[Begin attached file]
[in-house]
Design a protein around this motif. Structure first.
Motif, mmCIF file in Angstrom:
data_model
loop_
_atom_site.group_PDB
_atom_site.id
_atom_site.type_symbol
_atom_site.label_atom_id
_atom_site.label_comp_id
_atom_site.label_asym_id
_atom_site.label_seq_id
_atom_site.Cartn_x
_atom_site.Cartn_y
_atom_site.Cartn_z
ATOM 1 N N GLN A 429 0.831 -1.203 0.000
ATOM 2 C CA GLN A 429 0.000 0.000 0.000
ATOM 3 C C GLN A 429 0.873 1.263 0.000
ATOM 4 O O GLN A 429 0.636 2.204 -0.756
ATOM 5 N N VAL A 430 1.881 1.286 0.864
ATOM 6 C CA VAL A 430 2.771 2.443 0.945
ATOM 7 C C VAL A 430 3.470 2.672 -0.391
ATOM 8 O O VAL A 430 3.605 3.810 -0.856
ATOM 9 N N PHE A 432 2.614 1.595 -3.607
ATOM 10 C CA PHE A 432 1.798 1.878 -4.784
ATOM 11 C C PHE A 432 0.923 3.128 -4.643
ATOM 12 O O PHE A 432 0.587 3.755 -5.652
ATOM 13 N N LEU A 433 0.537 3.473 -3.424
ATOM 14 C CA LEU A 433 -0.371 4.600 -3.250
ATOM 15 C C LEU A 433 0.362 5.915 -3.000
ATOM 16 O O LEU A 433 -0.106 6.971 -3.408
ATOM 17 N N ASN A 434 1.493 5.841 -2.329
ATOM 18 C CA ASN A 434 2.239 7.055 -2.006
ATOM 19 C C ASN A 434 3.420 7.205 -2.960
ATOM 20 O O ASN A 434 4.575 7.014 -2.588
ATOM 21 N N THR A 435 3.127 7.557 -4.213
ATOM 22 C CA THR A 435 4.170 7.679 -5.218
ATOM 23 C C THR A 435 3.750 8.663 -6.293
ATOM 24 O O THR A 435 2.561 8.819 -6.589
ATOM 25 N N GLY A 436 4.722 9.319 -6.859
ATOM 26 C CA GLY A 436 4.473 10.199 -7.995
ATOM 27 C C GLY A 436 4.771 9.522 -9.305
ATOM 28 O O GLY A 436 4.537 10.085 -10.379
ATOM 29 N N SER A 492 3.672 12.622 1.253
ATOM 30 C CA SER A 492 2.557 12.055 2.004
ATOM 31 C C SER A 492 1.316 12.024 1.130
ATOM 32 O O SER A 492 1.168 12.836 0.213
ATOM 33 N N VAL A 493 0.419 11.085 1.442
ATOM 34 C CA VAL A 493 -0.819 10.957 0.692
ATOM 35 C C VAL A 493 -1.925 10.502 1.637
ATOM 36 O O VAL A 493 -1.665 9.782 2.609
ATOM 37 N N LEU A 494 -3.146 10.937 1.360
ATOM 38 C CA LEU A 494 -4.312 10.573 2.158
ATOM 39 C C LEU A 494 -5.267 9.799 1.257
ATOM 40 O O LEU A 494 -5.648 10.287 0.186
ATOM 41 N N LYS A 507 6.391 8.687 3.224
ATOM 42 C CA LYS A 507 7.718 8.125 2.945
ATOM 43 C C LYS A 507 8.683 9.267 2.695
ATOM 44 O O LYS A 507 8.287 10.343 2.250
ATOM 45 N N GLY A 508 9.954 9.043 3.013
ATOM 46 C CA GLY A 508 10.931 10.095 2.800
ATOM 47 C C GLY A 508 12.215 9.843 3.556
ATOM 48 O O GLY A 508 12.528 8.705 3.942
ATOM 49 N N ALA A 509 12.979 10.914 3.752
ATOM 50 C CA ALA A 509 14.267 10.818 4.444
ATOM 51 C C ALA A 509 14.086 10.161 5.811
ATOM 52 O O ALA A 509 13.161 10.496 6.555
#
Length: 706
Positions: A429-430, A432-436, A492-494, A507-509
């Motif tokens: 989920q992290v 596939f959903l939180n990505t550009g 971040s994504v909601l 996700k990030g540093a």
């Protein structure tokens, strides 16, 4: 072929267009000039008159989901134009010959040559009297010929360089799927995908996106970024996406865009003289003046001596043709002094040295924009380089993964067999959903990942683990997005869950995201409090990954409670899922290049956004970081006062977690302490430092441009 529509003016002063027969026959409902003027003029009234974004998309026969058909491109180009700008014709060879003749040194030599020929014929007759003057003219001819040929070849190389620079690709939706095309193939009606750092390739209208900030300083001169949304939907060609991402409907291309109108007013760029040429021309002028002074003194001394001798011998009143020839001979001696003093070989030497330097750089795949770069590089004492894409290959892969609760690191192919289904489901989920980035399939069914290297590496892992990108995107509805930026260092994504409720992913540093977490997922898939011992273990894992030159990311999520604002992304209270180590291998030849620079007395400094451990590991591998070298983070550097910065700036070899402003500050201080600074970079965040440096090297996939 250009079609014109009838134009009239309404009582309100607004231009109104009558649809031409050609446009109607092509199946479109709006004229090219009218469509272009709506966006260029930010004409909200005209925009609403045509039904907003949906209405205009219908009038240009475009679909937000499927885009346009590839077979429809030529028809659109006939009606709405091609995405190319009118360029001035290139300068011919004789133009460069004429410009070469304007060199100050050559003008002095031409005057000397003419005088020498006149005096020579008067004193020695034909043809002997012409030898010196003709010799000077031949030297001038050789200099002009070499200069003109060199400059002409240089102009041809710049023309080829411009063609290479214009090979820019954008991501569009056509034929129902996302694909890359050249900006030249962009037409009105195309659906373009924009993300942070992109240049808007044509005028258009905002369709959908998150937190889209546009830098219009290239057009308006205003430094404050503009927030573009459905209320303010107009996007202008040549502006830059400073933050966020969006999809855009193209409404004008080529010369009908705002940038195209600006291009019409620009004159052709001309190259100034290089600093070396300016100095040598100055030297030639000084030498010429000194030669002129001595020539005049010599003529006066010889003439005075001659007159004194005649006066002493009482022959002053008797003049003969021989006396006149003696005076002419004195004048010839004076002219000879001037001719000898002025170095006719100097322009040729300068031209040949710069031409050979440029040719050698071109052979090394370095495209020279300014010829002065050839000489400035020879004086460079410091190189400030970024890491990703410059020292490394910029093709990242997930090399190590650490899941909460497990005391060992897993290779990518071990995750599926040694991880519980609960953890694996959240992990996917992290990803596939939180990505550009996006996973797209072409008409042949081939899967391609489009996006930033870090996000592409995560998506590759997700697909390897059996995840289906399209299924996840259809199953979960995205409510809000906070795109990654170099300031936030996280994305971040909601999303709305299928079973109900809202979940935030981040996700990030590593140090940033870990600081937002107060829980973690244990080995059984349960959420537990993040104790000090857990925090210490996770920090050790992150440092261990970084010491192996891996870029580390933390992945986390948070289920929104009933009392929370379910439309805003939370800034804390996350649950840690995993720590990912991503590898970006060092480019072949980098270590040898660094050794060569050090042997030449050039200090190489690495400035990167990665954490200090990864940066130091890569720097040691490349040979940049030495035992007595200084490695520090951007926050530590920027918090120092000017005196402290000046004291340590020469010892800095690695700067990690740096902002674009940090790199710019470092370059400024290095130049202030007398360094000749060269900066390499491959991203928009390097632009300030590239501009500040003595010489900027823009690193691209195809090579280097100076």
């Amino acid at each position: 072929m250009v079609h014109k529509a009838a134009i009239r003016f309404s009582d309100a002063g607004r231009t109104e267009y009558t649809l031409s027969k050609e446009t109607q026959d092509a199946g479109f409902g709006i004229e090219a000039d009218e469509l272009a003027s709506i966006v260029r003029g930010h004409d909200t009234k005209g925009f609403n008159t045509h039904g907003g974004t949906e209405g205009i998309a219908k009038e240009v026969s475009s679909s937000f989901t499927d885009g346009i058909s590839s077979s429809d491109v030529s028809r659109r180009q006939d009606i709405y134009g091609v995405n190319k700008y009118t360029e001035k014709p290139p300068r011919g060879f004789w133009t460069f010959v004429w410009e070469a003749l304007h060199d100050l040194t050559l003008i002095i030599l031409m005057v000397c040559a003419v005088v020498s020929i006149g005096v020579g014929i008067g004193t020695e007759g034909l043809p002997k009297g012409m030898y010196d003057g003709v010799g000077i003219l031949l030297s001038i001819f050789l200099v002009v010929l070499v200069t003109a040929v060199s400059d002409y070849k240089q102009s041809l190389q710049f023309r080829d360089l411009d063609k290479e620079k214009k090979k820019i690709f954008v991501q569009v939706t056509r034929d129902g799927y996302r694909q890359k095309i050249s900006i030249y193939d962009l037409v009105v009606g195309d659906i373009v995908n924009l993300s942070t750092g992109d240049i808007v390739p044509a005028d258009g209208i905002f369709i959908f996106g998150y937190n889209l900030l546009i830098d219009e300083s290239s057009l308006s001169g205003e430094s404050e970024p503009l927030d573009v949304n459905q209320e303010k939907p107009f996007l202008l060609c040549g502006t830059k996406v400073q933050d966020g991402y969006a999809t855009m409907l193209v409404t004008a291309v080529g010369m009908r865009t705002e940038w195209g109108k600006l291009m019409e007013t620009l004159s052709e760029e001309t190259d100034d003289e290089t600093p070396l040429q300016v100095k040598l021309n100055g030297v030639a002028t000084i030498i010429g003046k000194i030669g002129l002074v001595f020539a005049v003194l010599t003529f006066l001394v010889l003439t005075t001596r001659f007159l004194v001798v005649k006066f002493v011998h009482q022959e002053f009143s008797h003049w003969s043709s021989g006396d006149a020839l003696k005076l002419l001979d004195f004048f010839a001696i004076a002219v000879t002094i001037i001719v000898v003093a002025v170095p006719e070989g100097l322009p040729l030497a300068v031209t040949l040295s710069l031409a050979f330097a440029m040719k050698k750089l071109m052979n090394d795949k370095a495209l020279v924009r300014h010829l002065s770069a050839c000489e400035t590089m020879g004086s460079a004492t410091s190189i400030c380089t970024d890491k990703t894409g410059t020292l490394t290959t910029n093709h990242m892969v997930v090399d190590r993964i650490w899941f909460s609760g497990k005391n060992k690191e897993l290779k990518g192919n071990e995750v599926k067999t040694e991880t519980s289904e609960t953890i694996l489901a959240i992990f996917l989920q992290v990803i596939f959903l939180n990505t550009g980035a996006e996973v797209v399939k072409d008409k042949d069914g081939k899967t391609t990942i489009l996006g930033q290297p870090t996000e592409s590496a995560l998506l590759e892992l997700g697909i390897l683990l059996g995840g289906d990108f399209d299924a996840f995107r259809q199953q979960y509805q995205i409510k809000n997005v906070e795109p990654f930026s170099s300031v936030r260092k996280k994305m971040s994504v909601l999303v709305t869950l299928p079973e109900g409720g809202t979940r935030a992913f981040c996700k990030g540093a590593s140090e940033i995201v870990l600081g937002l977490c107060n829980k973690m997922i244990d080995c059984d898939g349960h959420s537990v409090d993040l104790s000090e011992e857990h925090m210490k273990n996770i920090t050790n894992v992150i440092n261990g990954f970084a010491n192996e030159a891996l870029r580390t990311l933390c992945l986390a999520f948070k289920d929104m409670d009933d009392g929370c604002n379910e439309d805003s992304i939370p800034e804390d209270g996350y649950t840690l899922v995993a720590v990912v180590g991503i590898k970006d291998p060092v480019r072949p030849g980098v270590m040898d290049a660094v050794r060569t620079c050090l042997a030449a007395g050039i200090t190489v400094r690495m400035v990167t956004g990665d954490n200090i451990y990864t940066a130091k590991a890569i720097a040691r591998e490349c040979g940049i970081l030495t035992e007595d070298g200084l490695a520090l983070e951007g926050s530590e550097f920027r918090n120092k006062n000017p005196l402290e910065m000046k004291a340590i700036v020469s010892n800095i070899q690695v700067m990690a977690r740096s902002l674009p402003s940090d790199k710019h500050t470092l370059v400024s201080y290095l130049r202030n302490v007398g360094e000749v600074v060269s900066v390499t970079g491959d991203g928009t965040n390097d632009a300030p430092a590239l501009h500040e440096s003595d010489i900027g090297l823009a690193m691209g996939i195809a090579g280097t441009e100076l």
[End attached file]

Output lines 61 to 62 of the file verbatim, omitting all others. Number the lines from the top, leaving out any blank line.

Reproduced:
ATOM 46 C CA GLY A 508 10.931 10.095 2.800
ATOM 47 C C GLY A 508 12.215 9.843 3.556